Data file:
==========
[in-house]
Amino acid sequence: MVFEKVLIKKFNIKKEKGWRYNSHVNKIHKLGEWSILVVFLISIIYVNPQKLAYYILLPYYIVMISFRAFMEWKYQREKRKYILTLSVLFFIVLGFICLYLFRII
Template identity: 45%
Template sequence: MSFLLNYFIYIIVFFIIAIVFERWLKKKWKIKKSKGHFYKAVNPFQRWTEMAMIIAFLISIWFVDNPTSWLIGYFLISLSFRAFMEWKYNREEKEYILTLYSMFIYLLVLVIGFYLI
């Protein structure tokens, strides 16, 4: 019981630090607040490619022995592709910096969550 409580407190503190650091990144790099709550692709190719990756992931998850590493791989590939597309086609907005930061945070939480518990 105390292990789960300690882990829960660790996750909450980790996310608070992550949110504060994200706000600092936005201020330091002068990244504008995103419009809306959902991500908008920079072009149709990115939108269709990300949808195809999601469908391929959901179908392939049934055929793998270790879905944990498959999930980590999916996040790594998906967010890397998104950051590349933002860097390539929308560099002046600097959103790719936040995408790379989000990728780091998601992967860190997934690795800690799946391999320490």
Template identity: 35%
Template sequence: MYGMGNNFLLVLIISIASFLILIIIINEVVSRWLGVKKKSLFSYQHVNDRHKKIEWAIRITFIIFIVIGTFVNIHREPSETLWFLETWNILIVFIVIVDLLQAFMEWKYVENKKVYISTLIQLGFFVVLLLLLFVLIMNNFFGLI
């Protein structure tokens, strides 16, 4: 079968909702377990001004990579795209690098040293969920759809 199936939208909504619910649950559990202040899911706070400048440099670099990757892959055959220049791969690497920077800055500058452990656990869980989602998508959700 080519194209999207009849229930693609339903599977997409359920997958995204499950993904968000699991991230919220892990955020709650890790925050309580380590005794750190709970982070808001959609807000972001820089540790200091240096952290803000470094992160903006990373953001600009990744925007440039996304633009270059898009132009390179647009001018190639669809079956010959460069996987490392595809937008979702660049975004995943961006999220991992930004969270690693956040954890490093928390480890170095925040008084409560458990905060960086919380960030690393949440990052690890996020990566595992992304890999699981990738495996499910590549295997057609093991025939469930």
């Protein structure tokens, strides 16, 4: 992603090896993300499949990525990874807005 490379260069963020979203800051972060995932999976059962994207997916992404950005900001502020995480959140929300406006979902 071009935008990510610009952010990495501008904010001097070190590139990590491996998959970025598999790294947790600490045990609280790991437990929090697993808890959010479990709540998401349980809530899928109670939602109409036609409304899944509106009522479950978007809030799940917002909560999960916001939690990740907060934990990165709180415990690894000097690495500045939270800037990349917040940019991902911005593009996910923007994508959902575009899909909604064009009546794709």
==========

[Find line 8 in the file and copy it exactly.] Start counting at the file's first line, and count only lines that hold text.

């Protein structure tokens, strides 16, 4: 079968909702377990001004990579795209690098040293969920759809 199936939208909504619910649950559990202040899911706070400048440099670099990757892959055959220049791969690497920077800055500058452990656990869980989602998508959700 080519194209999207009849229930693609339903599977997409359920997958995204499950993904968000699991991230919220892990955020709650890790925050309580380590005794750190709970982070808001959609807000972001820089540790200091240096952290803000470094992160903006990373953001600009990744925007440039996304633009270059898009132009390179647009001018190639669809079956010959460069996987490392595809937008979702660049975004995943961006999220991992930004969270690693956040954890490093928390480890170095925040008084409560458990905060960086919380960030690393949440990052690890996020990566595992992304890999699981990738495996499910590549295997057609093991025939469930």